Chair transporters range from technologies like a Bath chair, or wheeled commode (which may be pushed by a caregiver) to the rickshaw (which is pedaled by a rider) to pony and dog carts that transport a wheelchair. The person being transported gains mobility largely due to someone/something else's efforts. He or she does not contribute to the act of movement, although in many cases the rider steers the vehicle.
An early example of a chair transporter is the c.1890 3rd Marquis of Bute's "invalid carriage", a quadricycle box drawn by a pony and built by J. Waude of Leicester Square, London (he had chronic nephritis which made him visually impaired). Bute's carriage is on display at the Arlington Carriage Museum in Devon, England. The rear of the box drops down as a ramp allowing a wheelchair to be pushed up the ramp into the box, and the ramp raised and bolted in position. The passenger then drives the pony independently, and is free to choose any desired route. Somewhat different is the Bath chair, invented by James Heath of Bath, England around 1750. The passenger controls the steering but relies on someone behind to push the chair. Bath chairs dating to the nineteenth century often had a folding hood that could be raised during inclement weather, suggesting that its use was valued at all seasons and in all weathers. The Bath chair on display at the Arlington Carriage museum in Devon originally belonged to Julia Lloyd, founder of Scope (formerly know as the Spastics Society – a name significantly changed at the time the Social Model of Disability became accepted) (figure 2A). Historically, bath chairs became a common sight following major wars as large numbers of people suffered war-time injury.
A modern variation of the box transporter, except that the motive force is a cyclist riding behind the wheelchair passenger, is a variation on the Dutch cargo cycle (short box) recently adopted by Detroit's MoGo bicycle rental company (figure 2B). The MoGo has three wheels for stability, with the ramp placed at the front of the box; the passenger plays a passive role. Draisin, a German maker of cycles for disabled persons, also has a chair transporter (the Draisin Plus): it has a detachable light wheelchair fastened via a shock absorber at the front. Draisin stress that "the design of the wheelchair-bicycle combination … has evolved and matured over the years" as feedback from users was incorporated into the design (https://draisin.de/produkte), as anticipated by social models of technology.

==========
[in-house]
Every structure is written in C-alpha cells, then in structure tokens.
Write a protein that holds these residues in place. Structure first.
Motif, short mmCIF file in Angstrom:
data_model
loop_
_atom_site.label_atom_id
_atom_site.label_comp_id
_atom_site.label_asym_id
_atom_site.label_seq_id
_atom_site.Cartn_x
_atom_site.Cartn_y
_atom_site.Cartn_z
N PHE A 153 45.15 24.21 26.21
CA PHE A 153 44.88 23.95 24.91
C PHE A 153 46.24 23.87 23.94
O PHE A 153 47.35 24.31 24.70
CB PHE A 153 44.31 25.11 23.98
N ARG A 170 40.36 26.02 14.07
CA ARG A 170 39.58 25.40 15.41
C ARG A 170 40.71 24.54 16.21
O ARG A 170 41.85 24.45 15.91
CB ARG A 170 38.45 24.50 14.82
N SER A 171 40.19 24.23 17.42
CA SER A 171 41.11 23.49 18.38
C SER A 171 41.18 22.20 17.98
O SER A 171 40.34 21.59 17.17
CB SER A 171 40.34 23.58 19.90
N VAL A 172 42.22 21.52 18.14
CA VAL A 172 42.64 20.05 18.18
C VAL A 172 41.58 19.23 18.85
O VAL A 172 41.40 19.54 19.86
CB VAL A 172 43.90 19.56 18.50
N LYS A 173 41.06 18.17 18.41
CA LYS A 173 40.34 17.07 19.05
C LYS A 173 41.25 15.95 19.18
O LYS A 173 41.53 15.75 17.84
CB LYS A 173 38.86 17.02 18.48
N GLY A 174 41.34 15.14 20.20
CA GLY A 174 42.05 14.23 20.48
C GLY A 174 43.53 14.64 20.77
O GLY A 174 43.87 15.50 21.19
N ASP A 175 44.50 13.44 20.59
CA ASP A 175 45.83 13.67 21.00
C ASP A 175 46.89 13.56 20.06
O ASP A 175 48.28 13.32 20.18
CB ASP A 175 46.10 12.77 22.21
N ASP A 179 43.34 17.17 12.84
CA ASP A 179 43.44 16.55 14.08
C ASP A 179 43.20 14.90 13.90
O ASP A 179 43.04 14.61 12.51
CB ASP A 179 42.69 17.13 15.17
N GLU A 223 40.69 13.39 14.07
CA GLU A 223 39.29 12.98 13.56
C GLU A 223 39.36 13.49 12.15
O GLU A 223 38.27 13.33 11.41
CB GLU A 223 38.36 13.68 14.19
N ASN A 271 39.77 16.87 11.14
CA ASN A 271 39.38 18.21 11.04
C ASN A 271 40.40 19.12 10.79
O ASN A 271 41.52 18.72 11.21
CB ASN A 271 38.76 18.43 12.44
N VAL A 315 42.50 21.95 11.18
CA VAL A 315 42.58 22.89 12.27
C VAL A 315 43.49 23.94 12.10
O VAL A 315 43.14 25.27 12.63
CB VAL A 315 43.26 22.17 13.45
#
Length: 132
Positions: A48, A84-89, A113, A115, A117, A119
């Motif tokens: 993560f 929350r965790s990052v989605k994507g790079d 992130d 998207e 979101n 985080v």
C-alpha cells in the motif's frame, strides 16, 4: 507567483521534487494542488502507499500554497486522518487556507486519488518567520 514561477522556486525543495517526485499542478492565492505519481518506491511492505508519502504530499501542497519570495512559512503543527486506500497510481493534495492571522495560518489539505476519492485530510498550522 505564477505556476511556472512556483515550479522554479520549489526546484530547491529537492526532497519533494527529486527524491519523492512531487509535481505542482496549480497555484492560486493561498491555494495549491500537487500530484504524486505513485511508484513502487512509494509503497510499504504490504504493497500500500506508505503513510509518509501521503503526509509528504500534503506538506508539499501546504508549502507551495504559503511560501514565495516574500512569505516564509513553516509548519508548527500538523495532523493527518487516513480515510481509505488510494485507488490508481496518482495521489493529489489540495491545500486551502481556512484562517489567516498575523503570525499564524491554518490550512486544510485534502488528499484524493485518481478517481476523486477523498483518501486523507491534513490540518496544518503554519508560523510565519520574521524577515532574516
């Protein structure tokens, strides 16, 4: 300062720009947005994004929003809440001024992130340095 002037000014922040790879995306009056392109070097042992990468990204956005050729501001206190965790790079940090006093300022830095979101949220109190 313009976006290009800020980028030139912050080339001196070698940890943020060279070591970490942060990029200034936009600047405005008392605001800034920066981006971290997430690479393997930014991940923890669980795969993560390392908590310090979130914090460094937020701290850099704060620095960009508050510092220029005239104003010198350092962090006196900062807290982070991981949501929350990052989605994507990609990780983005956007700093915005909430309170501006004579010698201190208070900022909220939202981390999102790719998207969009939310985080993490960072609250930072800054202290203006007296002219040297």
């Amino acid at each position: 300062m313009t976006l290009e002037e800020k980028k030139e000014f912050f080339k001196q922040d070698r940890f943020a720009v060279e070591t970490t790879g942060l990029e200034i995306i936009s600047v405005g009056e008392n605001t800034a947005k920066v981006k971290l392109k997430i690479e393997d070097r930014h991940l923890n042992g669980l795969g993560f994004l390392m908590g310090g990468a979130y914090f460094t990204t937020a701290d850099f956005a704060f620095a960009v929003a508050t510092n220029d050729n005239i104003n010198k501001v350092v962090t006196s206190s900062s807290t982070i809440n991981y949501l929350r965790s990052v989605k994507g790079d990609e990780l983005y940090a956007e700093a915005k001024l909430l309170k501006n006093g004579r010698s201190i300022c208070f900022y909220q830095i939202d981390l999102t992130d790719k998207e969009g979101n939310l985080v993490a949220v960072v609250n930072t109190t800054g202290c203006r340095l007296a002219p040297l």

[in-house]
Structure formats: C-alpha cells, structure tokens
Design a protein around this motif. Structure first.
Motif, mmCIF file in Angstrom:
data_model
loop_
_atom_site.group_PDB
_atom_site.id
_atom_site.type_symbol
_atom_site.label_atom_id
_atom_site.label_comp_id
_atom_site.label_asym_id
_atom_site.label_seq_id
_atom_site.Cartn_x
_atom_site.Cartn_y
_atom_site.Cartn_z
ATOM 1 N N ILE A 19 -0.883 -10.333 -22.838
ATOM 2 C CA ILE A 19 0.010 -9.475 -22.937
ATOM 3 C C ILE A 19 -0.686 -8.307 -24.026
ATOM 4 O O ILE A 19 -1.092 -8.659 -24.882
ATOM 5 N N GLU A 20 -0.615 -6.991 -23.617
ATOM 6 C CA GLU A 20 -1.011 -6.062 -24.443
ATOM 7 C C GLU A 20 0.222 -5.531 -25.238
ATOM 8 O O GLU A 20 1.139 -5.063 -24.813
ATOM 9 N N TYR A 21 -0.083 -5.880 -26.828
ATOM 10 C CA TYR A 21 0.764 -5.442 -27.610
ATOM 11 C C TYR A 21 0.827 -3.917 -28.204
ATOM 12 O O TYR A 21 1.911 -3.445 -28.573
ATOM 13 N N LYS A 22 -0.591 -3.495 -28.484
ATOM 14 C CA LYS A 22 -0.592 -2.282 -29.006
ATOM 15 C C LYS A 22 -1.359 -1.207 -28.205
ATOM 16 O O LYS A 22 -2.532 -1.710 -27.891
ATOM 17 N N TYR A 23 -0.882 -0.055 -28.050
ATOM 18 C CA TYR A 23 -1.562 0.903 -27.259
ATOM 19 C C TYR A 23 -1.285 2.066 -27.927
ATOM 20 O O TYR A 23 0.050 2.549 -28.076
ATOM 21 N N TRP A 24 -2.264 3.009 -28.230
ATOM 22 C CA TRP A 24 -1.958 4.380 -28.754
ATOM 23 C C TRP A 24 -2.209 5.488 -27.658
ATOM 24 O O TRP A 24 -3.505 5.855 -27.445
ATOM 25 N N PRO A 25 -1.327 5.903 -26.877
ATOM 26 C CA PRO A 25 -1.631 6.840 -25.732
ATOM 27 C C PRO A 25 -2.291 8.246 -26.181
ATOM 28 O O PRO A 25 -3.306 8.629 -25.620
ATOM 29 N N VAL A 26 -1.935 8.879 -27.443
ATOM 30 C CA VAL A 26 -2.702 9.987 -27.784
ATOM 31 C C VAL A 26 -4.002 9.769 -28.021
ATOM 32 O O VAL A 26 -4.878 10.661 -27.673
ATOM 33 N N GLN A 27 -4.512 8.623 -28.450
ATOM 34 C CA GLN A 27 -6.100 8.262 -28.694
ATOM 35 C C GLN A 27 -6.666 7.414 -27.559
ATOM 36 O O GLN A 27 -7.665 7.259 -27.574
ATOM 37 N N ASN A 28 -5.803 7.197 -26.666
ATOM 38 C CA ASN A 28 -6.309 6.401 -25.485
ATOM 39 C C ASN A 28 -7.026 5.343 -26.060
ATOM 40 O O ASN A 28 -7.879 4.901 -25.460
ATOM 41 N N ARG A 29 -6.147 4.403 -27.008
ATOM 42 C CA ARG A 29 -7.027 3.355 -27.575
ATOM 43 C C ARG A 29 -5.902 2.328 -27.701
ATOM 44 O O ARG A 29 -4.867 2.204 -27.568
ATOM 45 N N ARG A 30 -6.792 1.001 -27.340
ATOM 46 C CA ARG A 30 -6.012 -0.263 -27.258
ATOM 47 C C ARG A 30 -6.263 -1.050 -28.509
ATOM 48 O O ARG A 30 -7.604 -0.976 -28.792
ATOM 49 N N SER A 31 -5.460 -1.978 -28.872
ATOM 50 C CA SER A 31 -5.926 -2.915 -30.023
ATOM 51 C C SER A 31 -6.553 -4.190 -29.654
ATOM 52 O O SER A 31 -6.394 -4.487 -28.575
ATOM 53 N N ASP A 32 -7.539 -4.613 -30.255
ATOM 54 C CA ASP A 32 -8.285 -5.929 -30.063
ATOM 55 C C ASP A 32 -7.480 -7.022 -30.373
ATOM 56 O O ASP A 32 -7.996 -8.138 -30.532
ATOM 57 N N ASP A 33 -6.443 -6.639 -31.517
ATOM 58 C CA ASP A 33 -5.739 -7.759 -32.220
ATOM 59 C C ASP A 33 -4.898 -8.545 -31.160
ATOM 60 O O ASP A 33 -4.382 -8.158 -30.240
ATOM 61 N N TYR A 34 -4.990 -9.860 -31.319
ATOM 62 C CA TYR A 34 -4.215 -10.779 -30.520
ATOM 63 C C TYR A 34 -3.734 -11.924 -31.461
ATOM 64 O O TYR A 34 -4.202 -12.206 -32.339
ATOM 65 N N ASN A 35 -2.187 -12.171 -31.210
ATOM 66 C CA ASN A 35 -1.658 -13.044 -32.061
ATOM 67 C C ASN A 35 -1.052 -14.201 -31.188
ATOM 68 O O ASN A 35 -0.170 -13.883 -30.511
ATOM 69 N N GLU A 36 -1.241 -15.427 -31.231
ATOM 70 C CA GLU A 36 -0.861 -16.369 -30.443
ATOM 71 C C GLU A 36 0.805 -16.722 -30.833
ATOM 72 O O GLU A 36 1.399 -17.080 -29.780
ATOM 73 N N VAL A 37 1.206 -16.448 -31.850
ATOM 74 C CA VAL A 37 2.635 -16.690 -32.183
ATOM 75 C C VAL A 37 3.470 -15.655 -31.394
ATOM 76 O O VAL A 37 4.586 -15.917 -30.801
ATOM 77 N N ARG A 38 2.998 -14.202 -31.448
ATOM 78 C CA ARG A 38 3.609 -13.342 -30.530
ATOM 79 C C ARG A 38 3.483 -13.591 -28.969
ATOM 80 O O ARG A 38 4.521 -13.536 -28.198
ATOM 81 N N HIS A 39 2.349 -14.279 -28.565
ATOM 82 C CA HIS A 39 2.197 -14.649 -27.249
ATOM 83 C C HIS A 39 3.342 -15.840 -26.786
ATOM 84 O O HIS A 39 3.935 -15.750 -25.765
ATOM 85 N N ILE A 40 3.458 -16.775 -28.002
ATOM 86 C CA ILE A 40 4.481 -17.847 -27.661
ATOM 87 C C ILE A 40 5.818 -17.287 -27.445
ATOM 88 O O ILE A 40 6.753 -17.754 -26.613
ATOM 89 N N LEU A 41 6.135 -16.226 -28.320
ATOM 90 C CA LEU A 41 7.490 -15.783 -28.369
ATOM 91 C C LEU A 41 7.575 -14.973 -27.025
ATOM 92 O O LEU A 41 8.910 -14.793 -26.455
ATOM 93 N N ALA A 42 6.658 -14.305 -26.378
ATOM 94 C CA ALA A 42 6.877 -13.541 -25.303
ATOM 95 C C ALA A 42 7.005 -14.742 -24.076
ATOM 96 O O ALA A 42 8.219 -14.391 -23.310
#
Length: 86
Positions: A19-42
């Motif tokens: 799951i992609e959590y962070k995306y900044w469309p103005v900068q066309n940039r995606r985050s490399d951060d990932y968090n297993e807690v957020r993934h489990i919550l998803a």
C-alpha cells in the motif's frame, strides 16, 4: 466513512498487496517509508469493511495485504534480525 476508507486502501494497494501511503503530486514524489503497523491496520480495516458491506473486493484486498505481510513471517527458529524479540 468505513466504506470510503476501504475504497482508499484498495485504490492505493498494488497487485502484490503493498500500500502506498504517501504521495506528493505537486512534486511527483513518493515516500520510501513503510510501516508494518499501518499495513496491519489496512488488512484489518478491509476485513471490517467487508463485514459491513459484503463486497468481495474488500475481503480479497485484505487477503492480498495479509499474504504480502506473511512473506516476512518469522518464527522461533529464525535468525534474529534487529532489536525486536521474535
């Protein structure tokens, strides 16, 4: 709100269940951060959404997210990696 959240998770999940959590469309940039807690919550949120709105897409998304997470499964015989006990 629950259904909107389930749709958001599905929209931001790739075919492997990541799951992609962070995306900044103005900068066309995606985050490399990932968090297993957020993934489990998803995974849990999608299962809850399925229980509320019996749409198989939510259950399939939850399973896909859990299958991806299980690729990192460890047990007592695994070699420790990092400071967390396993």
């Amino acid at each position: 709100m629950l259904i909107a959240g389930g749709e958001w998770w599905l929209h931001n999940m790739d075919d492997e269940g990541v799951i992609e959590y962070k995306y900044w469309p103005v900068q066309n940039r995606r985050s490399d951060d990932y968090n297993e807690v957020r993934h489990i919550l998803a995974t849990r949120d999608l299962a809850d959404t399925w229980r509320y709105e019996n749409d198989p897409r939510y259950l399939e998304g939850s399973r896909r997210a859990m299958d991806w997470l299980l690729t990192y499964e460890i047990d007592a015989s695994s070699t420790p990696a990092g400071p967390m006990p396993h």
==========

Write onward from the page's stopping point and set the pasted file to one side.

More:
Sociable tricycles, where the riders sit side-by-side, appeared in the 1880s, mainly being marketed to courting and newly married couples. Riding side-by-side was evidently a bonding experience. But, of their nature, they offered possibilities for riders with disability. The first such model, invented in James Starley's workshop in Coventry, appeared in 1878 (figure 3A). Being heavy and wide, they would not pass through normal doors, and since the bent axle with the pedals was a single unit from side to side, both riders had to maintain the same cadence, which could stress both riders.
Recently, the sociable has reappeared as a machine tailored to persons with several kinds of disability (figure 3B). As one user who formerly transported his daughter in a trailer behind his bicycle remarked: "in a trailer I was not able to see her reactions and was afraid she would tip over and I would find her on the road. With the trailer behind I was taking her along. With a sociable - I am riding with her side by side. She smiles when she sees something and I see she smiles – and she can't speak." In practice, riding sociable models provides bonding experiences for persons with a wide range of disabilities with their family and friends.
Recent versions of the sociable tricycle such as the RickSycle (figure 3B) that are designed for disabled persons divide the axle into two separate units, so that each side of the sociable has separate gearing and the two riders can maintain different cadences. A tired rider pedals at her/his own cadence, or rests while the pilot does all the work. Some models allow the pedals to lift aside to improve access, and seat belts may be fitted for safety. Brightly colored materials are used to improve visibility.